An international reply coupon – IRC is a type of voucher accepted in multiple countries in exchange for local postage stamps. Upon turning one in, coupon holders get the minimum postage required for airmail weighing up to 20 grams.
Only countries taking part in the Universal Postal Union, or UPU, accept IRCs for postage. The UPU is a wing of the United Nations. It coordinates the delivery of global mail, as well as postal policies among member nations. The UPU is based in Bern, Switzerland. The majority of the world’s countries, as well as Vatican City take part in the UPU. The UPU added South Sudan, its most recent member, in 2011.
International Reply Coupons – IRCs facilitate airmail sent between foreign countries. Many letters request the receiver to reply to the sender. However, especially decades ago, lack of information and fluctuating currency exchange rates made it hard to know how much postage either should apply. The IRCs made this much easier by standardizing both the maximum letter weight and the postage price.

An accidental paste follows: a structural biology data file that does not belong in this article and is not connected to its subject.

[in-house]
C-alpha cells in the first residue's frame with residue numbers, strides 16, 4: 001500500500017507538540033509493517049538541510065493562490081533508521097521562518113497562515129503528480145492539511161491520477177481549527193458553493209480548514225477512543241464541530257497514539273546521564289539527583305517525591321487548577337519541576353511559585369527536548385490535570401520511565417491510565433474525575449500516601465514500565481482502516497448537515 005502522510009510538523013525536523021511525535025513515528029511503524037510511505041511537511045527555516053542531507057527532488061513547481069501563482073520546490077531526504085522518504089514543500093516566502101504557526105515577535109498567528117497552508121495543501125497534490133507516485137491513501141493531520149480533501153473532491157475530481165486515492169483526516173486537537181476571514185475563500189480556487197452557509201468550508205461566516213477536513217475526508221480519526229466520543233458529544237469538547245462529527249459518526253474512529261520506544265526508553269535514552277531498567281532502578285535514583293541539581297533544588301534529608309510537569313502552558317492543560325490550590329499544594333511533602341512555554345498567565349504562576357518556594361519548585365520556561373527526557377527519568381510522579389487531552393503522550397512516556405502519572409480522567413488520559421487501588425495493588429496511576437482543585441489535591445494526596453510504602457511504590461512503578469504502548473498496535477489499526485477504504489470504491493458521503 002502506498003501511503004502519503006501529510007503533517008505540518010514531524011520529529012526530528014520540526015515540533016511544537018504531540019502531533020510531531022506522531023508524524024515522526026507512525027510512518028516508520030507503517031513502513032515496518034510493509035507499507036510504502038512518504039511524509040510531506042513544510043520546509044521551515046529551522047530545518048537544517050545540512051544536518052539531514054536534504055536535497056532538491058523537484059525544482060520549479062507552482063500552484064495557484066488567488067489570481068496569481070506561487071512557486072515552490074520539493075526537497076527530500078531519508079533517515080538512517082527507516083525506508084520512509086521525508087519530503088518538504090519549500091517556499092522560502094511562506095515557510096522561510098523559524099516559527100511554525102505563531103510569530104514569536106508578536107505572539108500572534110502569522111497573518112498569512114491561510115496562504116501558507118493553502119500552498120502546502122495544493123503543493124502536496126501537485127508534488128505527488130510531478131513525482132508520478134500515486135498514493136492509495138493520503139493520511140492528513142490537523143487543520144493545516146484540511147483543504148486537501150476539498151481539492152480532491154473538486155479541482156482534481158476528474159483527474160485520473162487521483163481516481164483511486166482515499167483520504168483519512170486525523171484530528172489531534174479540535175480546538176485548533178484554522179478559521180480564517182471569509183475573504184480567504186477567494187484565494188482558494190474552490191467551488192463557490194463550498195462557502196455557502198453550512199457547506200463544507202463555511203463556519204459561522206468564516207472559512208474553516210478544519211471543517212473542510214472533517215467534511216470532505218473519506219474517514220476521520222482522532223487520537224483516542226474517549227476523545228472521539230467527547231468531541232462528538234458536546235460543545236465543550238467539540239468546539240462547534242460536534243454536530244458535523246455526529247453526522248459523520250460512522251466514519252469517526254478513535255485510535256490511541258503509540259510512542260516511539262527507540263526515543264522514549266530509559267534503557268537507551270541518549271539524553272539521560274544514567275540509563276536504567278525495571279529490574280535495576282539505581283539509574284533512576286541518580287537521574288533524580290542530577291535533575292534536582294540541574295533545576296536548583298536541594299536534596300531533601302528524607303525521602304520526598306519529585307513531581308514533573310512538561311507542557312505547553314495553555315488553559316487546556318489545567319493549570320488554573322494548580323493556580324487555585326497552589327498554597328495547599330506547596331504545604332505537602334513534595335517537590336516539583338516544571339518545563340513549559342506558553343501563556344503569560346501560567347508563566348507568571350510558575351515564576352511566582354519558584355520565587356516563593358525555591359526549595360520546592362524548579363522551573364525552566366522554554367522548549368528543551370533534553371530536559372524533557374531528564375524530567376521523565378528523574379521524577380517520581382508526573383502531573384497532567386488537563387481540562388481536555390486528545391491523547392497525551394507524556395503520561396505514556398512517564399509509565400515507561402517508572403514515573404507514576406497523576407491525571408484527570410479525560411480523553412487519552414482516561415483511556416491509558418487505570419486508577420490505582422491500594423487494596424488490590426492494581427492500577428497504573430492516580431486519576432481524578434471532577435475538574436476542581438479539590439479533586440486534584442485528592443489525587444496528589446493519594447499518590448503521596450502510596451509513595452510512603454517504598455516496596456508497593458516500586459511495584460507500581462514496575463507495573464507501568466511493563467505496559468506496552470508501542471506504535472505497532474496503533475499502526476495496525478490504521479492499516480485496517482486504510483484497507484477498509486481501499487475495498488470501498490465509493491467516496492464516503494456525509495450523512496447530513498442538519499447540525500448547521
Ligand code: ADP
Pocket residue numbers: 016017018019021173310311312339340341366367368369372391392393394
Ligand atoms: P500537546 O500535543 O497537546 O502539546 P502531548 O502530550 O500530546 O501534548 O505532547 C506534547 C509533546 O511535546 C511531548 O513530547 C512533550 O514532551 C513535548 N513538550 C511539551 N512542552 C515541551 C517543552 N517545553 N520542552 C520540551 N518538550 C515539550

The invention of the IRC took a number of years and got an early start in the days before airmail. The UPU began back in 1875, eventually getting all the agreements in place to introduce IRCs in 1906, just a few years following the first airplane flight by Orville and Wilbur Wright in 1903. It took until 1929 for a larger set of rules governing airmail to take shape. Airmail became popular around by the 1930s, as aircraft grew in popularity, size and cargo capacity. At this time, a large percentage of airline revenue came from airmail, as opposed to revenue seat miles.
Prior to airmail, delivery of letters by ship took weeks to some global destinations, if not more than a month. Airmail reduced this timetable to days. For this reason, most countries charged a premium for airmail letters, and IRCs helped to standardize this price.
Of note is that the UPU’s official language is French. For this reason, airmail sent worldwide sometimes bears the words “par avion, meaning “by plane,” even in some countries that do not primarily speak French.
IRCs essentially made airmail practical. Without them, it was easy for senders to either use too little postage or far too much, thus wasting money.
If there’s a downside, it’s that IRCs work only with letters, as opposed to packages and other mail deliveries. The UPU has some international agreements for these types of shipments, but none are as straightforward or comprehensive as IRCs.